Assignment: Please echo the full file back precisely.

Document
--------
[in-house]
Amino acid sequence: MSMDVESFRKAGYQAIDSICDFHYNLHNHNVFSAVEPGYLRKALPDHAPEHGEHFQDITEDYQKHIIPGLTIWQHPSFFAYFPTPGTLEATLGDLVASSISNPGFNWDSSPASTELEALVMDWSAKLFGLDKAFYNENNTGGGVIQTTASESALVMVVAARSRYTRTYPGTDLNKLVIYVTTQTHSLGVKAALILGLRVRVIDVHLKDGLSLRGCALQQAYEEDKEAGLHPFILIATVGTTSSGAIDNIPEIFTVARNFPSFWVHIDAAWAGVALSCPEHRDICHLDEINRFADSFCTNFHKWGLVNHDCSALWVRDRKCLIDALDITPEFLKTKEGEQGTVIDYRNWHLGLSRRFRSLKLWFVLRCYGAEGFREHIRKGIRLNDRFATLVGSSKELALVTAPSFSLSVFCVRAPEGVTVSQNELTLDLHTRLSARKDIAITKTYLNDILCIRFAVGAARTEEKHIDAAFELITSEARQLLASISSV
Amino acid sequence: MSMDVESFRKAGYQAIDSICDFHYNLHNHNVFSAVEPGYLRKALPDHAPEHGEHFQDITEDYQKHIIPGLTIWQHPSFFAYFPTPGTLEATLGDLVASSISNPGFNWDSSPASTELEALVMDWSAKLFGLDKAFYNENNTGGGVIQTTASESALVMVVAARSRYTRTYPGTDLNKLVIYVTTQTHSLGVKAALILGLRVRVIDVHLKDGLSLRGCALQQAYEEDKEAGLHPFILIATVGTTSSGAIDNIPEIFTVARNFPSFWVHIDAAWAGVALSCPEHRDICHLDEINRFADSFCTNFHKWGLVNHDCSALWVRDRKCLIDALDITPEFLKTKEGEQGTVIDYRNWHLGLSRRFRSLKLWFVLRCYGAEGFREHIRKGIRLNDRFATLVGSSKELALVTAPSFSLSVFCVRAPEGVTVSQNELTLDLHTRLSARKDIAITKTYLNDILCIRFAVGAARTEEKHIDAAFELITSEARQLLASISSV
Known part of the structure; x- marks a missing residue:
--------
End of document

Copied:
[in-house]
Amino acid sequence: MSMDVESFRKAGYQAIDSICDFHYNLHNHNVFSAVEPGYLRKALPDHAPEHGEHFQDITEDYQKHIIPGLTIWQHPSFFAYFPTPGTLEATLGDLVASSISNPGFNWDSSPASTELEALVMDWSAKLFGLDKAFYNENNTGGGVIQTTASESALVMVVAARSRYTRTYPGTDLNKLVIYVTTQTHSLGVKAALILGLRVRVIDVHLKDGLSLRGCALQQAYEEDKEAGLHPFILIATVGTTSSGAIDNIPEIFTVARNFPSFWVHIDAAWAGVALSCPEHRDICHLDEINRFADSFCTNFHKWGLVNHDCSALWVRDRKCLIDALDITPEFLKTKEGEQGTVIDYRNWHLGLSRRFRSLKLWFVLRCYGAEGFREHIRKGIRLNDRFATLVGSSKELALVTAPSFSLSVFCVRAPEGVTVSQNELTLDLHTRLSARKDIAITKTYLNDILCIRFAVGAARTEEKHIDAAFELITSEARQLLASISSV
Amino acid sequence: MSMDVESFRKAGYQAIDSICDFHYNLHNHNVFSAVEPGYLRKALPDHAPEHGEHFQDITEDYQKHIIPGLTIWQHPSFFAYFPTPGTLEATLGDLVASSISNPGFNWDSSPASTELEALVMDWSAKLFGLDKAFYNENNTGGGVIQTTASESALVMVVAARSRYTRTYPGTDLNKLVIYVTTQTHSLGVKAALILGLRVRVIDVHLKDGLSLRGCALQQAYEEDKEAGLHPFILIATVGTTSSGAIDNIPEIFTVARNFPSFWVHIDAAWAGVALSCPEHRDICHLDEINRFADSFCTNFHKWGLVNHDCSALWVRDRKCLIDALDITPEFLKTKEGEQGTVIDYRNWHLGLSRRFRSLKLWFVLRCYGAEGFREHIRKGIRLNDRFATLVGSSKELALVTAPSFSLSVFCVRAPEGVTVSQNELTLDLHTRLSARKDIAITKTYLNDILCIRFAVGAARTEEKHIDAAFELITSEARQLLASISSV
Known part of the structure; x- marks a missing residue: